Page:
Aurora Dolipas, manager of Community Relations (ComRel) Dept. at Padcal, said 24 college scholars graduated this year in various disciplines, and seven other scholars finished their technical-vocational (TechVoc) courses. She added that the screening for some of this year’s scholars is still ongoing.

The company is also providing scholarships to 90 students in senior high school (Grades 11 & 12) and 140 students in junior high school (Grades 7 – 10). Educational subsidies, on the other hand, is set for awarding to 200 high-school students and 300 elementary pupils.

Last year, Philex Mining allotted P11.8 million for its 114 college scholars, 24 TechVoc students, 374 students in elementary and high school who received educational subsidies, and 130 secondary students who were given education assistance (monthly monetary allowance).

These scholarship grants are being funded through Philex Mining’s Social Development and Management Program (SDMP) as well as its Development of Mining Technology and Geosciences (DMTG), which, together with the Information, Education and Communications (IEC) campaign, are funded 1.5 per cent of the company’s previous year’s total operating expenses.

Abraham Banos, a mechanical engineer from SLU (2016), said in his testimonial that he’d made his parents as his inspiration while he was studying, as “I’d always wanted to be an engineer.” As his face lit up with fond memories of his student days, he told the scholars: “If we have dreams, we must take action!” For her part, Florina Liwan, a mining engineer who also graduated from SLU last year, told the scholars to work hard and “be whatever you want to be.”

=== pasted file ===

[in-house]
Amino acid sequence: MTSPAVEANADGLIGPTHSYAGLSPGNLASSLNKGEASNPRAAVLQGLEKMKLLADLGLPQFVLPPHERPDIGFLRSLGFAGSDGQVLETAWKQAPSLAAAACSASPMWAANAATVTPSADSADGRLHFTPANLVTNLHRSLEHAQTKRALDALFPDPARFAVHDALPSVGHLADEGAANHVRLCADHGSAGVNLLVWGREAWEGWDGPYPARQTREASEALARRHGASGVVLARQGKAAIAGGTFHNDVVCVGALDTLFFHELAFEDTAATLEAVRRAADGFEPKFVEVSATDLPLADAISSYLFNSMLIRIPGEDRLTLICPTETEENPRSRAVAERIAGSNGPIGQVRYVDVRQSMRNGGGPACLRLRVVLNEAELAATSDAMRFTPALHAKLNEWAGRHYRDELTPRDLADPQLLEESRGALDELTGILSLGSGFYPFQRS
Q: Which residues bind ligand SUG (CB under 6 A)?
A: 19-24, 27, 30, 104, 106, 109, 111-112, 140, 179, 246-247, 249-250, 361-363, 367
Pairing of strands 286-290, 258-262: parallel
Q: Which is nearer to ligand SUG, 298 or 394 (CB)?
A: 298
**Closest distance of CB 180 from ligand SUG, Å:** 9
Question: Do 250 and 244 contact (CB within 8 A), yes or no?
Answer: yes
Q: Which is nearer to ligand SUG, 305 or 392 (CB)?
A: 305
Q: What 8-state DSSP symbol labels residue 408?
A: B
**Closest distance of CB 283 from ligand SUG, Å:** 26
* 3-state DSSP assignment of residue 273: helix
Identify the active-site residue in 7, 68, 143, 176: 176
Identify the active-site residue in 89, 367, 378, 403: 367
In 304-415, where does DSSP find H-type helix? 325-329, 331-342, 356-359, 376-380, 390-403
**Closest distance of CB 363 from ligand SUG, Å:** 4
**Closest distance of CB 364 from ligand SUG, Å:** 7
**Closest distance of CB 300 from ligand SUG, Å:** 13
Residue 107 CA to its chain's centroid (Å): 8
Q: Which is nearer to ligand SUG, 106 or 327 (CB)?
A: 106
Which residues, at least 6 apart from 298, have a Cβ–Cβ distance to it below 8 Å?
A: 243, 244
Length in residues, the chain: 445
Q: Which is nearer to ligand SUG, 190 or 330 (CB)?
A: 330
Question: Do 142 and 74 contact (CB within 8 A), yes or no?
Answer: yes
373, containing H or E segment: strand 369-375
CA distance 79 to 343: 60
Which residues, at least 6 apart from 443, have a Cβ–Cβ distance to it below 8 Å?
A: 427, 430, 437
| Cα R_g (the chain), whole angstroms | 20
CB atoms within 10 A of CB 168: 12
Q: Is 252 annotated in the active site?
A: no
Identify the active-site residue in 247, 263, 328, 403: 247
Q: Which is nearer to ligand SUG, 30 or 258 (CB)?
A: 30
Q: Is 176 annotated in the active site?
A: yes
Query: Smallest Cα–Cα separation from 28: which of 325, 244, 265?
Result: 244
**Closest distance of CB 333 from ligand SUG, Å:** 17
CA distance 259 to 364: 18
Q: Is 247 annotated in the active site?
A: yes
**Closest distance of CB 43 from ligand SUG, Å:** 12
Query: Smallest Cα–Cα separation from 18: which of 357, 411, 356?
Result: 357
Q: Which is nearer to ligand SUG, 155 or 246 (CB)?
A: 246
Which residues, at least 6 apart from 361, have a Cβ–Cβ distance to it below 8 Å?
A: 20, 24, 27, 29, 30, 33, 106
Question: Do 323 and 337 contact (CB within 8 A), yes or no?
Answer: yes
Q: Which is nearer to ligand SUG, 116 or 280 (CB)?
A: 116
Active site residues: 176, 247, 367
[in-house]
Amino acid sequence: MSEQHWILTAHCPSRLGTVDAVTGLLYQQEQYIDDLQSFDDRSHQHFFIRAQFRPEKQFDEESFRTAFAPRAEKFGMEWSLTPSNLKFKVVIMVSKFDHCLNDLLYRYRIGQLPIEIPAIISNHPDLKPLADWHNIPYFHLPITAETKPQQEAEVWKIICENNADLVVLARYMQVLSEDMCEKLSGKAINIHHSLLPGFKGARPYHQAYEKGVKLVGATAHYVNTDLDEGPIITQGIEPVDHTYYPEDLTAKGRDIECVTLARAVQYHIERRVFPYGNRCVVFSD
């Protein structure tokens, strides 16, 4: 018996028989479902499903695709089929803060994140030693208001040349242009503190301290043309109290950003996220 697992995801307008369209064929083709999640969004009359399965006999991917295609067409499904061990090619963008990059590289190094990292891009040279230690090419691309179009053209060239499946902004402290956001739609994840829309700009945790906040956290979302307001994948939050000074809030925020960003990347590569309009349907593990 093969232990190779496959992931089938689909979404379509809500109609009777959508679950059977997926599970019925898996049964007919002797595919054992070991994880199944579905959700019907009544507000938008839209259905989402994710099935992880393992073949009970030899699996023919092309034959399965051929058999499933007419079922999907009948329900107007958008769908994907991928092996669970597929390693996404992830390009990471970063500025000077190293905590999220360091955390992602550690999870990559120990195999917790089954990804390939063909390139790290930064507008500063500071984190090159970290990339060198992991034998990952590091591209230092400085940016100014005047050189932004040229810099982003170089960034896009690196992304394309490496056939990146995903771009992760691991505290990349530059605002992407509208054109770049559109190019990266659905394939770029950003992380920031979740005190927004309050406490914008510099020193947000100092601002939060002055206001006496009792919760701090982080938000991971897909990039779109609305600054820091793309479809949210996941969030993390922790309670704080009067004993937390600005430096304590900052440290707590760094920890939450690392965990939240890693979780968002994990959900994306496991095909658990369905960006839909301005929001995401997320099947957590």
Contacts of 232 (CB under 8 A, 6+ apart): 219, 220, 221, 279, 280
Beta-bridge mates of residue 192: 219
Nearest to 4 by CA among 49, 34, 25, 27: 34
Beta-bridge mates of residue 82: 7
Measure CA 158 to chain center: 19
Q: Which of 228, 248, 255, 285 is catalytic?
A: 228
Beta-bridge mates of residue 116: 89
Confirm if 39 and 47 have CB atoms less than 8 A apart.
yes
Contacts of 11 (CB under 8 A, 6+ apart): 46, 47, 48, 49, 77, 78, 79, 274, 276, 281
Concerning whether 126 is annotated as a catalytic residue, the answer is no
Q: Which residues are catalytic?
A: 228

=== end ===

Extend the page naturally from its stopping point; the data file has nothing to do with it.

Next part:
Addressing the event, Victorio Palangdan, mayor of Itogon, one of the two Benguet towns (the other being Tuba) hosting the Padcal operations, spoke of Philex Mining as a dutiful taxpayer, telling the scholars to be thankful to the company that has helped them pursue their studies. He said, “Philex Mining has also implemented a lot of social projects through its SDMP.”

By HENT

Mine firm assures integrity of storage facility

Mine firm assures integrity of storage facility

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BAGUIO. Philex Mining Corp. president and CEO Eulalio Austin briefs DENR Secretary Roy Cimatu; DENR-Cordillera regional director Ralph Pablo and DENR Asst. Secretary Juan Miguel Cuna on the integrity of Padcal mine’s TSF3. (Photo by PMC) TUBA, Benguet — Philex Mining Corp. assured Environment Secretary Roy Cimatu on the integrity of its Tailings Storage Facility No. 3 (TSF) at the company’s Padcal mine, as well as the continuation of its programs on environmental protection upon the instruction of the Cabinet official, who came over on Wednesday afternoon.

“We can assure you, Mr. Secretary, that our tailings pond can handle the volume of rainwater more than what the worst typhoons had caused,” Eulalio Austin, Jr., CEO and president of Philex Mining, said during a presentation at the Philex Guest House.

Austin also said the tailings pond could withstand earthquakes equivalent to the strongest that have hit the country.

Cimatu, who arrived July 19 with a 25-man entourage at Padcal mine, the company’s gold-and-copper operations hosted by the Benguet towns of Tuba and Itogon, pressed Austin and other Philex Mining officials on the ability and reliability of TSF3 and its accompanying structures to withstand flooding and earthquake, bearing in mind the 2012 accident following two typhoons.

Philex Mining SVP and Padcal resident manager Manuel Agcaoili said TSF3’s open spillway, which has replaced its underground drainage system since August 2013, was built with embankment-design parameters based on ANCOLD and ICOLD guidelines and could, therefore, handle the amount of rainwater more than what Typhoons Ondoy (2009) as well as Ferdie and Gener (2012) had caused.